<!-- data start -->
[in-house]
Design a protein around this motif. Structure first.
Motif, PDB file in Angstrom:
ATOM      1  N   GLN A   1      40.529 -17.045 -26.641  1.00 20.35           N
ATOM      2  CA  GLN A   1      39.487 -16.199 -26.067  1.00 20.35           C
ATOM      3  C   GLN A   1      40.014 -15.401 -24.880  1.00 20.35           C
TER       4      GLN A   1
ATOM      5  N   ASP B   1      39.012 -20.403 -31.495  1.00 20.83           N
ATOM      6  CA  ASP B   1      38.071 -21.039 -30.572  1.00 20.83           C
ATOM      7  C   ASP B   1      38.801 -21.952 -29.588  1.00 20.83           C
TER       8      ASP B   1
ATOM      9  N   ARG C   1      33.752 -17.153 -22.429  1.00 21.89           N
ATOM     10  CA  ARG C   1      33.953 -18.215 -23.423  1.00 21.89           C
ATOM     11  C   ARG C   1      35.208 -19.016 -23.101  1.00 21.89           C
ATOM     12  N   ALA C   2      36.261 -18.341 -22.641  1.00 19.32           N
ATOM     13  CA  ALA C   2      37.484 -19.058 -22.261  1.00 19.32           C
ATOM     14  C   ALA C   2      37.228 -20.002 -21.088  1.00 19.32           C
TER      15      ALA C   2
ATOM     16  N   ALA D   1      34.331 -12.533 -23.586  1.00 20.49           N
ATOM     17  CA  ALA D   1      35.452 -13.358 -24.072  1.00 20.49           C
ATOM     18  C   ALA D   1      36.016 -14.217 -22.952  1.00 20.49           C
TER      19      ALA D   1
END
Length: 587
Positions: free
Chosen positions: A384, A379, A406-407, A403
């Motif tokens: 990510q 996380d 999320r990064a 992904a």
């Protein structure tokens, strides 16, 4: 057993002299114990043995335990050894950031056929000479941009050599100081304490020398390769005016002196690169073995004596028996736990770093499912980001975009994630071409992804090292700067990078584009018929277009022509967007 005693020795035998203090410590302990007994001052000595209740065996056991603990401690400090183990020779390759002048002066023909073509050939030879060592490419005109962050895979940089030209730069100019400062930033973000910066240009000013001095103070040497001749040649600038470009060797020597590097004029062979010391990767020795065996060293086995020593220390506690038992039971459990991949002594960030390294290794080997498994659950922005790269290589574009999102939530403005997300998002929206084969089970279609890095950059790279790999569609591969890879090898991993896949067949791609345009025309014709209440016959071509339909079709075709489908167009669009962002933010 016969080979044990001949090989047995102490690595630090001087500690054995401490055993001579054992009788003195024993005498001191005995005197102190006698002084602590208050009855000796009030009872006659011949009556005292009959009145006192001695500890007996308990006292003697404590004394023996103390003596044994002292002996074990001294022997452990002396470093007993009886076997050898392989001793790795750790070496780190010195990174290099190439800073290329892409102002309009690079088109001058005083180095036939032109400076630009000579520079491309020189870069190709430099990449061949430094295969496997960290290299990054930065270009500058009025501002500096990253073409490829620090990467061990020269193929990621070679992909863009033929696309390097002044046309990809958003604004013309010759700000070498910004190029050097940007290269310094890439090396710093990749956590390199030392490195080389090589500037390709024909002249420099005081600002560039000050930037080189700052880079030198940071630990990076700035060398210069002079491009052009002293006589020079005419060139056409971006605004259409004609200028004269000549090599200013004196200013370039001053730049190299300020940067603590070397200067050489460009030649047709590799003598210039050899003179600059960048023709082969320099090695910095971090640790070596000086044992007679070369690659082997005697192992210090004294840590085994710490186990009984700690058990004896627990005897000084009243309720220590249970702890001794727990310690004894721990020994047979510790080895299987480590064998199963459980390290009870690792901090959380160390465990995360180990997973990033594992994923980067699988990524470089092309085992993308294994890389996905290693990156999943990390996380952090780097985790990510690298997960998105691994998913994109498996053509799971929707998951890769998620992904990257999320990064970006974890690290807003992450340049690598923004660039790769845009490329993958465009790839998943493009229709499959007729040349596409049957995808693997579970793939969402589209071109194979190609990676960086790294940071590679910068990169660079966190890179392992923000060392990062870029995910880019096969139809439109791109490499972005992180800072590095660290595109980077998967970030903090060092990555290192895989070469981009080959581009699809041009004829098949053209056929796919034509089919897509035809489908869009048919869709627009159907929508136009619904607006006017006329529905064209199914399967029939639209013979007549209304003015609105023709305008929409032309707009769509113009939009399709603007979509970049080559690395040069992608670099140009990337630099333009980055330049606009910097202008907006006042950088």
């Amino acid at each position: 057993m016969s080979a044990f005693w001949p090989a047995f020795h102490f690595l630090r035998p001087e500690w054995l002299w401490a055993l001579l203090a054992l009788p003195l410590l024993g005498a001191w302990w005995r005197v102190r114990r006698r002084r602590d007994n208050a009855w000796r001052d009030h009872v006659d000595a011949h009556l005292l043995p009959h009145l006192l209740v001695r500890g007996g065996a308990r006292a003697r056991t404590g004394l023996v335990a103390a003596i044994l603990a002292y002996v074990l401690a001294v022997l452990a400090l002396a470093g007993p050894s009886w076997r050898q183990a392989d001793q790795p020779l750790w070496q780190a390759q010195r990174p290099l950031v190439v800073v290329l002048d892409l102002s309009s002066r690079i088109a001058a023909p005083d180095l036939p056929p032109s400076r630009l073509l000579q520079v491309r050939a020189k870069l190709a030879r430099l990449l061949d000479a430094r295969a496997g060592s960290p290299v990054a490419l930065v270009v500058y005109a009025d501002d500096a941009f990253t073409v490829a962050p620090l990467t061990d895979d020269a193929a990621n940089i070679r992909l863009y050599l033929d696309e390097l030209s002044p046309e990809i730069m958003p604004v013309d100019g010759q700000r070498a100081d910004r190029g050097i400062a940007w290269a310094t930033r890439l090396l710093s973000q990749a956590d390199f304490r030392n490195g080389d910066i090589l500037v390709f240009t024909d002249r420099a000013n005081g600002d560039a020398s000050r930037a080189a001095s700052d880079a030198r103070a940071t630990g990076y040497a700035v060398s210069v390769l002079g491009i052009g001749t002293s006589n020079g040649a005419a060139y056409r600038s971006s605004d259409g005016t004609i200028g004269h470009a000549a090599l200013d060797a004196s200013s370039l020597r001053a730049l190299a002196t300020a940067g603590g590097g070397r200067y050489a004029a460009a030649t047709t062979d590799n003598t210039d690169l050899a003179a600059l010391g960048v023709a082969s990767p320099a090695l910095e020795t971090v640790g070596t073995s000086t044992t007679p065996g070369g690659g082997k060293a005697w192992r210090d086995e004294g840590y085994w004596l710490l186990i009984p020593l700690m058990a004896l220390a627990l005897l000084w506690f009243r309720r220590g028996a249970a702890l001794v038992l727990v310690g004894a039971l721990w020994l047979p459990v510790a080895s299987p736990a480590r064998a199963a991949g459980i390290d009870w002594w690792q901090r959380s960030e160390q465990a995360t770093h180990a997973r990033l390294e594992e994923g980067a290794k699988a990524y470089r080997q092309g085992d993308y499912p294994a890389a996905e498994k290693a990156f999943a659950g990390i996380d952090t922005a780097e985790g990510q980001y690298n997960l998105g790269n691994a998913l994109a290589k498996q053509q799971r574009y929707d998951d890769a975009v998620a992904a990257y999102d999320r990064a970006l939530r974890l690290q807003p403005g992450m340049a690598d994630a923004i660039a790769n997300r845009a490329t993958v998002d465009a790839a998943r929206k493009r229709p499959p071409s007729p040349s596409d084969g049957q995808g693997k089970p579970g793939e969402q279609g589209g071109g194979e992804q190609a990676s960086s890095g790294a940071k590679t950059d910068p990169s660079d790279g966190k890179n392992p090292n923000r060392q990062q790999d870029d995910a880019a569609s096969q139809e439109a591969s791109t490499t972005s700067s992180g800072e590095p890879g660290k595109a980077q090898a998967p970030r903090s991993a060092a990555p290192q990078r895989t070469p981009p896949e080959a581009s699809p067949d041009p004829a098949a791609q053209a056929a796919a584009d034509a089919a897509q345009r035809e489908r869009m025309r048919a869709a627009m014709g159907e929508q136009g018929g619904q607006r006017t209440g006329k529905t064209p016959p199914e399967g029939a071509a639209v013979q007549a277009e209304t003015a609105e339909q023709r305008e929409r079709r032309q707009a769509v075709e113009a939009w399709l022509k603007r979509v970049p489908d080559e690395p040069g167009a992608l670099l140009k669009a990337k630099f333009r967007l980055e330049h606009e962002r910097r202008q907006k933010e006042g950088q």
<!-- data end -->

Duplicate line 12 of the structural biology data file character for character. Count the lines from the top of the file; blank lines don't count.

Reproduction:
ATOM      9  N   ARG C   1      33.752 -17.153 -22.429  1.00 21.89           N